Hurricanes, torrential rains, heat waves, cyclones, deadly flooding, wildfires — the number of extreme weather disasters per year has increased significantly across the world.
So far this year, several countries, including the U.S., have witnessed the destructive impact of natural disasters, with the loss of human lives being the most tragic outcome.
This week, at least 56 people in five countries have died as torrential rainstorms caused flash floods to inundate streets, homes and public buildings.
Hong Kong was hit with the heaviest rainfall ever recorded since it began tracking in 1884 — that's 139 years ago. It received over 23 inches of rain, a quarter of its annual average. In one hour from 11 p.m. Thursday to midnight, more than 6 inches of rain was recorded, a record high for China that led to severe flooding of city streets. Local police reported two fatalities from drowning.
After a summer of deadly wildfires that killed at least 21 people, extensive floods hit central Greece and resulted in the deaths of at least six people. The flooding was triggered by severe rainstorms that turned calm streams into fierce torrents, breaking dams, sweeping away roads and bridges, and sending cars plunging into the sea.
"Our country finds itself, for the third day, dealing with a phenomenon the likes of which we have not seen in the past," said Greek government spokesman Pavlos Marinakis.
The Greek fire service has rescued 1,800 people so far, and six were reported missing, according to the Associated Press.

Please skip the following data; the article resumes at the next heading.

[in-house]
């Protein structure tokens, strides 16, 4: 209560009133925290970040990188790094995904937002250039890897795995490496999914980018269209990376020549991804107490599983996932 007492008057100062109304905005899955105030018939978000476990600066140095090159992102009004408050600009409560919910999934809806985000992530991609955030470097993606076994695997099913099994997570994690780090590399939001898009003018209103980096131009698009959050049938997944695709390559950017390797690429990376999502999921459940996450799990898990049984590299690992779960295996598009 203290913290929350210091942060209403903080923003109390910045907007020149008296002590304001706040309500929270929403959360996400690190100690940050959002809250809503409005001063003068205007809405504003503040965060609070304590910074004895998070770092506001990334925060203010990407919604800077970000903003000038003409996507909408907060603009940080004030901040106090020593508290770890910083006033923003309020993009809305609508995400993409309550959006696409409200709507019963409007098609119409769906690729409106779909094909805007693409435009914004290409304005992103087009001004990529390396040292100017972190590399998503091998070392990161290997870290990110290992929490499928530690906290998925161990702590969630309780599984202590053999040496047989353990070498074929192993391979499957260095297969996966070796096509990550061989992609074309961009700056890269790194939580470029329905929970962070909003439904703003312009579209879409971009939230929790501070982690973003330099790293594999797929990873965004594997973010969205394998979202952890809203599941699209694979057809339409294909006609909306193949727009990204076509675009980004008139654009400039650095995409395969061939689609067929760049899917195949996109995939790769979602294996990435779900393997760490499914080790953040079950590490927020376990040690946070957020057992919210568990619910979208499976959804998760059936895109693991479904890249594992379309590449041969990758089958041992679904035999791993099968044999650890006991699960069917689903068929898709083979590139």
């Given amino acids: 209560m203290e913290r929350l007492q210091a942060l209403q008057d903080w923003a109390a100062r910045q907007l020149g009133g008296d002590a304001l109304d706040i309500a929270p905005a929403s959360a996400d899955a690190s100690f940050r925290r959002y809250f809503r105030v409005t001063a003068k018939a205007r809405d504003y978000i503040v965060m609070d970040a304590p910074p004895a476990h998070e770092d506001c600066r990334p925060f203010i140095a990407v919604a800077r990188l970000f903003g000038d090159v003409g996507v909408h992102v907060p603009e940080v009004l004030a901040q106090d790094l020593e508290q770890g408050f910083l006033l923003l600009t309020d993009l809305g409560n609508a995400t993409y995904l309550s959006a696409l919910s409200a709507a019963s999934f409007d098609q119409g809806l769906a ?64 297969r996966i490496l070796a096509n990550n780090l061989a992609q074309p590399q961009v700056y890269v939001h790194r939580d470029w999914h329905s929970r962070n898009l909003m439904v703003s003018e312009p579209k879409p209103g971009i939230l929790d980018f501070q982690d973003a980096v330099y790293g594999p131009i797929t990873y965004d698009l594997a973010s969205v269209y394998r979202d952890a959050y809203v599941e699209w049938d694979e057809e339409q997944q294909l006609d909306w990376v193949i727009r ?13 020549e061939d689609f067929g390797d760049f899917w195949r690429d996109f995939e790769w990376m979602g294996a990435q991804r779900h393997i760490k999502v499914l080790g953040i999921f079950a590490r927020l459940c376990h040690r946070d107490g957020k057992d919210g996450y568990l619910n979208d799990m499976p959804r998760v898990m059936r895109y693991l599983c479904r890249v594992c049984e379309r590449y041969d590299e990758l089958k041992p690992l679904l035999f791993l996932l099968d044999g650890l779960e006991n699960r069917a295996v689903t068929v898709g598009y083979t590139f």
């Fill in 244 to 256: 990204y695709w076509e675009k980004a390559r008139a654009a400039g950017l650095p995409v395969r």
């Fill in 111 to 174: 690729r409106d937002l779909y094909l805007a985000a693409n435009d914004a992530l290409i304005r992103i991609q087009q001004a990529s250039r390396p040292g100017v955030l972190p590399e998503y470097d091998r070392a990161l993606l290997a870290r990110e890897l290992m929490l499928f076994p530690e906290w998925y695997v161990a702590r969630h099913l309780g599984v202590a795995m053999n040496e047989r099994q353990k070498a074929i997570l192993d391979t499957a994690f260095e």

The same weather system affected Turkey and Bulgaria, causing flooding. Officials report at least eight fatalities in Turkey and four in Bulgaria.
In South America, a cyclone triggered severe flooding in southern Brazil, resulting in houses being swept away, motorists stranded in their vehicles, and inundated streets across several cities. As of Thursday, officials had reported that the flooding had resulted in 36 fatalities and had left about 2,300 people homeless.
In the U.S. last week, Hurricane Idalia caused three deaths and widespread damage in parts of Florida. Last month, a wildfire in Hawaii killed at least 115 people, making it one of Hawaii's worst natural disasters and the nation's deadliest since 1918.
All of this comes as the World Meteorological Organization declared that the Earth experienced its hottest Northern Hemisphere summer ever recorded, and as of last month, the U.S. had lost 147 people due to extreme heat.
In 2022, major weather and climate disasters cost the U.S. $177.3 billion. So far this year, the total cost of the events is about $39.7 billion, according to the National Oceanic and Atmospheric Administration.
Natural disasters have caused approximately $194 billion in global losses during the first half of this year, according to a study from Aon.
Scientists attribute the increase in severe weather patterns to human-caused climate change and the natural El Niño phenomenon.
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